How To Tell If Somebody Loves You: Somebody loves you if they pick an eyelash off of your face or wet a napkin and apply it to your dirty skin. You didn’t ask for these things, but this person went ahead and did it anyway. They don’t want to see you looking like a fool with eyelashes and crumbs on your face. They notice these things. They really look at you and are the first to notice if something is amiss with your beautiful visage! Somebody loves you if they assume the role of caretaker when you’re sick. Unsure if someone really gives a shit about you? Fake a case of food poisoning and text them being like, “Oh, my God, so sick. Need water.” Depending on their response, you’ll know whether or not they REALLY love you. “That’s terrible. Feel better!” earns you a stay in friendship jail; “Do you need anything? I can come over and bring you get well remedies!” gets you a cozy friendship suite. It’s easy to care about someone when they don’t need you. It’s easy to love them when they’re healthy and don’t ask you for anything beyond change for the parking meter. Being sick is different. Being sick means asking someone to hold your hair back when you vomit. Either love me with vomit in my hair or don’t love me at all. Somebody loves you if they call you out on your bullshit. They’re not passive, they don’t just let you get away with murder. They know you well enough and care about you enough to ask you to chill out, to bust your balls, to tell you to stop. They aren’t passive observers in your life, they are in the trenches. They have an opinion about your decisions and the things you say and do. They want to be a part of it; they want to be a part of you. Somebody loves you if they don’t mind the quiet. They don’t mind running errands with you or cleaning your apartment while blasting some annoying music. There’s no pressure, no need to fill the silences. You know how with some of your friends there needs to be some sort of activity for you to hang out? You don’t feel comfortable just shooting the shit and watching bad reality TV with them. You need something that will keep the both of you busy to ensure there won’t be a void. That’s not love. That’s “Hey, babe! I like you okay. Do you wanna grab lunch? I think we have enough to talk about to fill two hours!" It’s a damn dream when you find someone you can do nothing with. Whether you’re skydiving together or sitting at home and doing different things, it’s always comfortable. That is fucking love. Somebody loves you if they want you to be happy, even if that involves something that doesn’t benefit them. They realize the things you need to do in order to be content and come to terms with the fact that it might not include them. Never underestimate the gift of understanding. When there are so many people who are selfish and equate relationships as something that only must make them happy, having someone around who can take their needs out of any given situation if they need to. Somebody loves you if they can order you food without having to be told what you want. Somebody loves you if they rub your back at any given moment. Somebody loves you if they give you oral sex without expecting anything back. Somebody loves you if they don’t care about your job or how much money you make. It’s a relationship where no one is selling something to the other. No one is the prostitute. Somebody loves you if they’ll watch a movie starring Kate Hudson because you really really want to see it. Somebody loves you if they’re able to create their own separate world with you, away from the internet and your job and family and friends. Just you and them. Somebody will always love you. If you don’t think this is true, then you’re not paying close enough attention.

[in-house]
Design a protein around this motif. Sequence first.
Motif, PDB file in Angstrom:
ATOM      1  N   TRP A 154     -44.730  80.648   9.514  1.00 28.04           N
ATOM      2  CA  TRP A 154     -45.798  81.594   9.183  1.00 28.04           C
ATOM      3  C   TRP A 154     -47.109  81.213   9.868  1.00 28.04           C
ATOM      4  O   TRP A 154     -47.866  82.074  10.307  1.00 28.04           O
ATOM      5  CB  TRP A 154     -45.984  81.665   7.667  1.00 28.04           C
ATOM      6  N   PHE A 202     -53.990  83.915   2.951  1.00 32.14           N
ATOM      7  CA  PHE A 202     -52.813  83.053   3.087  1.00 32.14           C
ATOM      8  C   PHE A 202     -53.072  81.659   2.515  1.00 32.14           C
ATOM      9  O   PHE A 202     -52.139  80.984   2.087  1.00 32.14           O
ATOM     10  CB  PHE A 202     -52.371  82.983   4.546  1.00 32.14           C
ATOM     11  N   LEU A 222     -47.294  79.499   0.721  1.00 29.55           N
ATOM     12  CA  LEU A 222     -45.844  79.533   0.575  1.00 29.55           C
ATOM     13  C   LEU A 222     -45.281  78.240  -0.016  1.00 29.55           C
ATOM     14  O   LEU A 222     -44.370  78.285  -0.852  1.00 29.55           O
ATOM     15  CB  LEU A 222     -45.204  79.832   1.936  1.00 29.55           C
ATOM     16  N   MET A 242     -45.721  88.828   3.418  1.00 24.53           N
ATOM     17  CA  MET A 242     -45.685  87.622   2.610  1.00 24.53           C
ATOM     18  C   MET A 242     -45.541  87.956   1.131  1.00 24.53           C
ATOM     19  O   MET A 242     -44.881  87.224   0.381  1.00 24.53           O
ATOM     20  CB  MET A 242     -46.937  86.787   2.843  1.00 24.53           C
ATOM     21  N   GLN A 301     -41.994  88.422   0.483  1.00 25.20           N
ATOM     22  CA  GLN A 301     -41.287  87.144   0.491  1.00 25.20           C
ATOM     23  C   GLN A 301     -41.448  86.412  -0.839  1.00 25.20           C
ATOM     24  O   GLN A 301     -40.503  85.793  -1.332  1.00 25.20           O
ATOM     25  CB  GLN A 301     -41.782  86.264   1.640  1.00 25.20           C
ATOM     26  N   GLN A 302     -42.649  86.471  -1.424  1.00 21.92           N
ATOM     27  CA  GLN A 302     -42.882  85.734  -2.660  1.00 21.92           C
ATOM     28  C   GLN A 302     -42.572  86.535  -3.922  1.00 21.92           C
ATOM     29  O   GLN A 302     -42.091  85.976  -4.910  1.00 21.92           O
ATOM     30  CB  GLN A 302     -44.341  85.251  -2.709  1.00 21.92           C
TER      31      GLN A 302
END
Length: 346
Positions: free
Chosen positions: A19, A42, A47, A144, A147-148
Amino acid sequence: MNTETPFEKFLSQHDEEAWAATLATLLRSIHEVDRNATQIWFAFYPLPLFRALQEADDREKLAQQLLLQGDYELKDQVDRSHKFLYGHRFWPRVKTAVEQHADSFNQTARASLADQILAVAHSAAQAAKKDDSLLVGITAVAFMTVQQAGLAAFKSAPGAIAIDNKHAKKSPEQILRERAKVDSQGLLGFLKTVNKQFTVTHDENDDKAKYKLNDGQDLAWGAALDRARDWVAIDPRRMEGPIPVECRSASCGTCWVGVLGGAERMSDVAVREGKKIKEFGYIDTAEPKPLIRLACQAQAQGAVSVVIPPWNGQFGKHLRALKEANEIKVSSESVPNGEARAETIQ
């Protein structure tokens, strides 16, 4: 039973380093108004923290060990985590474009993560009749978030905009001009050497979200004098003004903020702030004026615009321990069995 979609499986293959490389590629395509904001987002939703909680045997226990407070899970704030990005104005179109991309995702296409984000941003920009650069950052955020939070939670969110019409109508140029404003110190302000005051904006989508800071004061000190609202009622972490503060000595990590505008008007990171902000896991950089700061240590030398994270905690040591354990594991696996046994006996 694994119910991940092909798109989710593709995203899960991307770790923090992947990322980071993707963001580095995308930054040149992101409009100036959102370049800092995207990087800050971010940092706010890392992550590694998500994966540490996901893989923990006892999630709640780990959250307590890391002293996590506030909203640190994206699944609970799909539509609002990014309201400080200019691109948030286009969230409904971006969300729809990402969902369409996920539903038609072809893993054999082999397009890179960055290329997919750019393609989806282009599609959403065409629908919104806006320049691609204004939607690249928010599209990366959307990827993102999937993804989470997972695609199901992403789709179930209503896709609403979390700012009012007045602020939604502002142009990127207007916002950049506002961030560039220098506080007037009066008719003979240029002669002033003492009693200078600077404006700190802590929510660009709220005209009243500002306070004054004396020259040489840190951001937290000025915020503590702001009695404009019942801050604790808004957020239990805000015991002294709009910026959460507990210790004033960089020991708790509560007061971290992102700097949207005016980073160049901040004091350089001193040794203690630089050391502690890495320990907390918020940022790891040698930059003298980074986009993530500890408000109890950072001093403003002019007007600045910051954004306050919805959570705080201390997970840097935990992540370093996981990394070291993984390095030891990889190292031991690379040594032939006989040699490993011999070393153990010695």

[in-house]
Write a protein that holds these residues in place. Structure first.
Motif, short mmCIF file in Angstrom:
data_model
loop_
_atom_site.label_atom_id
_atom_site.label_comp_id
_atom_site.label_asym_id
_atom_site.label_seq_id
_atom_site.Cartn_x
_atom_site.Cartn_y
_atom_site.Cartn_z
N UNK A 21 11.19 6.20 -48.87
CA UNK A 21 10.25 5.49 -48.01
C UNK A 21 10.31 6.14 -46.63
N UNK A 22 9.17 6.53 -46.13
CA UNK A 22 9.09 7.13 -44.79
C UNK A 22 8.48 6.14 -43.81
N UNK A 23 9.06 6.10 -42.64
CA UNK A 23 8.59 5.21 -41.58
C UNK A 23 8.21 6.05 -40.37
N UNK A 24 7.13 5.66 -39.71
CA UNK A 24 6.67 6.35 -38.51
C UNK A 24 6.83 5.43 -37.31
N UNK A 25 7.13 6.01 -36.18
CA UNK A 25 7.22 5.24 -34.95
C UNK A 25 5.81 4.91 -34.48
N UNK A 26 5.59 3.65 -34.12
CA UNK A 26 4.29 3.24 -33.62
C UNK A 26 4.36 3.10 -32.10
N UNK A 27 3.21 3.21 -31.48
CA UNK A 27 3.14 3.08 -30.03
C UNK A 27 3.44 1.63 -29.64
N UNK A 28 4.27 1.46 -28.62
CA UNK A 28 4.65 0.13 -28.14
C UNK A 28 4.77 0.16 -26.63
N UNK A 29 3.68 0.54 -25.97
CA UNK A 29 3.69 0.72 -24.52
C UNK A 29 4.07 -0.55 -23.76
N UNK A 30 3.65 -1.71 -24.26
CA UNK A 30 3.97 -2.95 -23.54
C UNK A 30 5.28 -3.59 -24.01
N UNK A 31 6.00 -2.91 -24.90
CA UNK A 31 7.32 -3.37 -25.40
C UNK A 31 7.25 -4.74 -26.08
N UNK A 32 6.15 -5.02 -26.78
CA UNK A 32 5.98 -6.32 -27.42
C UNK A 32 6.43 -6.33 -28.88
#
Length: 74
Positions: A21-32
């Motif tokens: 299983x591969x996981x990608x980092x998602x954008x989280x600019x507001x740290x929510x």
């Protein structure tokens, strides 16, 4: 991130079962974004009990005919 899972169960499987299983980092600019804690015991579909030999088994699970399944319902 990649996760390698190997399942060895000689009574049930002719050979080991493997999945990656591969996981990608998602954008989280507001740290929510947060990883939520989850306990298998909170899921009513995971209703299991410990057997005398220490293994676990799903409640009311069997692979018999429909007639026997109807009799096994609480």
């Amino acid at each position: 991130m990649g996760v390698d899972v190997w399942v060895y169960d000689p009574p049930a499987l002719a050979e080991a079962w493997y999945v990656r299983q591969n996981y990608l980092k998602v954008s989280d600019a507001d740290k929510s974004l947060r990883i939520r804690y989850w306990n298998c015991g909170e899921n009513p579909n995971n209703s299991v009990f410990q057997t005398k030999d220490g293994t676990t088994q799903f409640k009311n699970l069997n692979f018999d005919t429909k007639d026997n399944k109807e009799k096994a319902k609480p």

Ryan O'Connell